UK version:


Dueling Centurions: The Conclusion

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After much anticipation…seriously, what seemed like years of anticipation, and in fact, the first post I did about it was 24 August 2009, I finally saw The Eagle (of the Ninth).

Meh.

I wish I could leave it there. I don’t want to spoil it for anyone else still planning to see it and everyone should be allowed to make their own judgments, but I need to get this out and move on.

I’m disappointed on a number of levels, not the least of which is the amount of screen time given to Mark Strong. When production began on the film and details started to be released, it was revealed that Strong would be a ‘good guy’, in and of itself enough to cause a flutter of excitement given his recent spate of villains. But by the time he actually shows up in this film, I had forgotten he was in it. He has one good scene, albeit with an American accent, and then disappears. (I’ll say no more on that score.) All I can think is “what a waste”. 

Seriously, why cast an actor of Strong’s caliber if you aren’t going to give him anything to do? (Sorry, climbing out of the mist looking menacing is not enough.) Director Kevin Macdonald might as well have cast Dimitar Berbatov*. I have to wonder if the rest of Guern (Strong’s character) didn’t end up on the cutting room floor, along with the rest of the source material’s title.

Another actor I was looking forward to seeing was Douglas Henshall. I completely forgot about him until I saw the credits. Where the hell was he? Supposedly he was someone called “Cradoc”, but I’ll be damned if I know what that was and I certainly didn’t recognize him. (Oh well, I’ll have to wait for dvd to find him, since I’m not spending another $11.50 to do it.)

I still don’t get Channing Tatum’s appeal. I do realize that I’m not his target audience, which seems to consist of the teenage girls who swooned over him in GI Joe and Dear John, and who will no doubt be the core group of The Eagle’s ticket buyers. He’s not the worst actor I’ve ever had to endure, he’s just kind of…meh. What’s worse, is that he brought down Jamie Bell, who is a good actor, to his level. (And was it just me or were their matching ears a little disconcerting?)

Okay, now that I’ve gotten all of that bitching out of my system, I can, hopefully, discuss the film in a somewhat intelligent manner.

In the context of comparing the two recent films dealing with the infamous “lost legion” of the Roman army in ancient Britain, there is, JMHO, no comparison.

Both films take place in 2nd century Britain, north of Hadrian’s Wall in what is now Scotland. Both films make great use of the natural landscape and have moments of stunningly beautiful cinematography.  While Centurion managed to make sweeping vistas of the snow covered highlands breathtaking, The Eagle made the country look exceedingly stark and harsh. One thing, though, that I do not understand, is the propensity of film-makers to make one of the most gorgeous places on earth (Scotland)  seem so bleak, like it exists in perpetual winter.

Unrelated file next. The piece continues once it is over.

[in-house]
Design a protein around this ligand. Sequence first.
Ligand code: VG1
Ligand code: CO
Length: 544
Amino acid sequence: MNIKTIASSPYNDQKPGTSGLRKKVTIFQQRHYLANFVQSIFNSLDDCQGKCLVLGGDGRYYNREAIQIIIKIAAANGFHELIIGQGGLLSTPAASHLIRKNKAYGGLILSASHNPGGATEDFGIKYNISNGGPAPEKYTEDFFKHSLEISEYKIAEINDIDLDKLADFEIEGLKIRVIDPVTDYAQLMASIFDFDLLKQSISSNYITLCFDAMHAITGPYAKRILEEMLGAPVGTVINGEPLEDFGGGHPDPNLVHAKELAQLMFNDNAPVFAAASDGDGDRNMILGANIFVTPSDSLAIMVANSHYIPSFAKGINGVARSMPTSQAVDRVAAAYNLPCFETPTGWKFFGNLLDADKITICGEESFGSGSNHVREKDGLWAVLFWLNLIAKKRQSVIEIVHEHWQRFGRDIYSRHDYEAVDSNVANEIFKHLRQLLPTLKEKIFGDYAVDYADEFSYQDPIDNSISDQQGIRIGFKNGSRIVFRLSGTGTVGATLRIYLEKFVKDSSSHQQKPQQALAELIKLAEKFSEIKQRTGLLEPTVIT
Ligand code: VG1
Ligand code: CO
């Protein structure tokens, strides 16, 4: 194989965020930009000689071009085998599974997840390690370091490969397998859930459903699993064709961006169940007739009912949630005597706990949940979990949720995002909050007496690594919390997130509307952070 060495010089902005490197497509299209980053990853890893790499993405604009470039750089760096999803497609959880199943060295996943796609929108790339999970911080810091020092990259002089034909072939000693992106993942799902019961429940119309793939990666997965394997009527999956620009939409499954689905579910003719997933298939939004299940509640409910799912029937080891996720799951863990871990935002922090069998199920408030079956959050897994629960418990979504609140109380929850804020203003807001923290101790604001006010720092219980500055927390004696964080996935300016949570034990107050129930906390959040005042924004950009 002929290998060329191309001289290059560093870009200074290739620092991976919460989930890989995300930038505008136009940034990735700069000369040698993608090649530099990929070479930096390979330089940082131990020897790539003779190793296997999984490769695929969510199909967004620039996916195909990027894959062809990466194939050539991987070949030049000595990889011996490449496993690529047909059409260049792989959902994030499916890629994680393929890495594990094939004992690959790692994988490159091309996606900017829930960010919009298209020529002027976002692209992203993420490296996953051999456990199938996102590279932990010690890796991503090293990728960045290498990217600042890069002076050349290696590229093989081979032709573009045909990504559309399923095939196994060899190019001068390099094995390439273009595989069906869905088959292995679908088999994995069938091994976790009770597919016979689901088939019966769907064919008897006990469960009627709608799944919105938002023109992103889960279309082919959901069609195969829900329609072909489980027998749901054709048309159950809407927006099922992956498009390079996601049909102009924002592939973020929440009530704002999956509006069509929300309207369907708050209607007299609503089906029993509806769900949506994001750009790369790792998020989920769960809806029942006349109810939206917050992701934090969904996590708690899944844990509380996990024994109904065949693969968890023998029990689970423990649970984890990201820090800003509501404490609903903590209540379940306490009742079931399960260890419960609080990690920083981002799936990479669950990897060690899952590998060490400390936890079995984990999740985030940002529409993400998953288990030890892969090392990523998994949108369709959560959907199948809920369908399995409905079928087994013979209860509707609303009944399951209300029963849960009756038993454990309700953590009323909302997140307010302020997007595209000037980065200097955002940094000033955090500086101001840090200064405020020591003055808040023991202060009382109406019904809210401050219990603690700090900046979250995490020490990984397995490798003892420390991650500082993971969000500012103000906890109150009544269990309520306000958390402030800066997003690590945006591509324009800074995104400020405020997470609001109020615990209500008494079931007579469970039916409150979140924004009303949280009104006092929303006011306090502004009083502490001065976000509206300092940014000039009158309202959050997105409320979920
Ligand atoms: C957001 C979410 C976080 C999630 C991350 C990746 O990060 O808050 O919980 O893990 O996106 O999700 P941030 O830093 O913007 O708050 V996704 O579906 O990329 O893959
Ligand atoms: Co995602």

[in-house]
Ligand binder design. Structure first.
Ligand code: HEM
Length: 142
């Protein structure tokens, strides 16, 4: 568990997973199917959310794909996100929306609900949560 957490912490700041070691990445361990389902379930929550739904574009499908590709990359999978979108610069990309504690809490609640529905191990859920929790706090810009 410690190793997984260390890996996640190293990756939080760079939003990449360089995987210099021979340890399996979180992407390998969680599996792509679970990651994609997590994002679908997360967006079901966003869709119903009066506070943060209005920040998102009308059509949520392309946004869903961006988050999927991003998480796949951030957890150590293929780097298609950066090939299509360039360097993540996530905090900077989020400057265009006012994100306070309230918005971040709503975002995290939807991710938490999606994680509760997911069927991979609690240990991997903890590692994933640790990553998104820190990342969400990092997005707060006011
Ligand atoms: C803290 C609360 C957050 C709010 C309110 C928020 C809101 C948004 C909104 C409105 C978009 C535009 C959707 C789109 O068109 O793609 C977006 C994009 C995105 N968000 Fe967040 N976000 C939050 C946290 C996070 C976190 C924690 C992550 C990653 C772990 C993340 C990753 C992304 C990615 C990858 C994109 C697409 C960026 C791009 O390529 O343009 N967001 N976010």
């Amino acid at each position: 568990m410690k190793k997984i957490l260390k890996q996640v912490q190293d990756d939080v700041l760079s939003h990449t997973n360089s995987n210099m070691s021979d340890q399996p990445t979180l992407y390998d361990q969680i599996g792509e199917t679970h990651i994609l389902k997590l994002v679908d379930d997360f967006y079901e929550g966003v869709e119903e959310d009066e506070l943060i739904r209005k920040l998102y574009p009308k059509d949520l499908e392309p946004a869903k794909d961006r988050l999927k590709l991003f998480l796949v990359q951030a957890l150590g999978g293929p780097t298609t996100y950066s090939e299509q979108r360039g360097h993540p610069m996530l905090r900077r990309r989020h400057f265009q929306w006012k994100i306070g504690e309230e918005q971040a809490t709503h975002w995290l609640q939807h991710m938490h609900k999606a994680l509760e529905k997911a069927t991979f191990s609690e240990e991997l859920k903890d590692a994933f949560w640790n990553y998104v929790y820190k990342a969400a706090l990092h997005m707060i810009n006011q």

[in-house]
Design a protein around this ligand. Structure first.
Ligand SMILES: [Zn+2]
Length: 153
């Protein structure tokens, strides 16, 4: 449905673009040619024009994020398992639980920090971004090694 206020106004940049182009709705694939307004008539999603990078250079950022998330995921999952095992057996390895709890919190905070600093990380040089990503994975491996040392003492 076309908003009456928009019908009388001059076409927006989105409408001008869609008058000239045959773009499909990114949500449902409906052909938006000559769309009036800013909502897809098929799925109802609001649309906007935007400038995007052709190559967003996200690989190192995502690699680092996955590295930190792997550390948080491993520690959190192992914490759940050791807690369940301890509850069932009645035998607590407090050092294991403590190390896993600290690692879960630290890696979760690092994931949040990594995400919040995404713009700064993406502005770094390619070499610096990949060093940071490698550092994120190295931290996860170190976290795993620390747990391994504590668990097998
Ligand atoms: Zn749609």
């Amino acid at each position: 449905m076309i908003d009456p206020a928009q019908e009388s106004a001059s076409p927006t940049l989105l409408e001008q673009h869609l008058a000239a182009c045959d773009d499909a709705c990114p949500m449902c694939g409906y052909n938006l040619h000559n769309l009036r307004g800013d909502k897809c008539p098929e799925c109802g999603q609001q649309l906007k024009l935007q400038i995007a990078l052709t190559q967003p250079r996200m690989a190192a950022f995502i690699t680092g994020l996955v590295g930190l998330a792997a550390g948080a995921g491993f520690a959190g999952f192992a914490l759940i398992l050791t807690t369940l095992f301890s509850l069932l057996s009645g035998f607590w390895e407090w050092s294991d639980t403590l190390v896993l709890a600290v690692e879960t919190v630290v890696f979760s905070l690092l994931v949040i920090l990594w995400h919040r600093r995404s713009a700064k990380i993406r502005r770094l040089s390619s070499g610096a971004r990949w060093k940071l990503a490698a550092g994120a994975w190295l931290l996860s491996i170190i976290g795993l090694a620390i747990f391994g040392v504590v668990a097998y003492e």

Both are tales of natives vs invaders, much like American cowboys and Indians westerns. In Centurion, the invaders were the underdogs trapped behind enemy lines, ostensibly trying to rescue their captured leader, but who ultimately just wanted to get out and get home.  In The Eagle, the invaders purposefully crossed over into enemy territory, this time to get back a captured symbol of not just leadership, but the superiority of Rome and her army. Again, the tension supposedly supplied by the question of whether they would make it back alive.

Herein lies the rub. In both cases we are asked to root for the Romans as “the good guys” and care about their mission and their survival, just as we do for the cowboys. The difference is that I did buy into that in Centurion, I did not in The Eagle. I didn’t feel any of it. I blame most of that on the lead’s lack of charisma (probably not fair to compare him with Michael Fassbender in this or any context) and his seeming inability to generate empathy, not to mention the fact that I did not perceive any chemistry between Tatum’s Marcus Aquila and Jamie Bell’s Esca. Unfortunately, the entire movie hangs upon this relationship.

By trying to tell the story of what may have happened to the lost Eagle of the 9th Legion while at the same time creating a ‘buddy’ picture, director Kevin Macdonald fails to do justice to either one.  We’re meant to believe that Esca would feel so honor bound by one simple act on the part 0f Marcus that he would forget about not only all of the atrocities and horrors committed on his people as a whole, but his own family in particular.  I didn’t buy it for a second and could see no reason why Bell’s character wouldn’t kill Tatum’s in his sleep and wear his skull for a hat.

And without revealing too much, I just have to say that that “21st century bromance” ending would have jerked me out of the moment…had I been in it in the first place.

In fact, the only characters I did believe were Donald Sutherland’s Aquila, Ned Dennehy’s Seal Chief and Tahar Rahim’s Seal Prince. The latter was able to do more in his few scenes, with just his dark eyes burning out of his mud covered face, than Tatum did with an entire movie revolving around his finely chiseled features.

Centurion was a naturalistic hard R, while The Eagle was like a bloodless Howard Hawks western that worked hard at maintaining its PG-13. Somewhat understandable given the target audience of the source material and the one the makers were hoping to cultivate with the film, but basically it boils down to how much fun I had watching Centurion and how badly I just wanted The Eagle to be over.

Meh. JMHO

(out of 5)

*Mark Strong is often said to resemble either actor Andy Garcia or Manchester United forward Dimitar Berbatov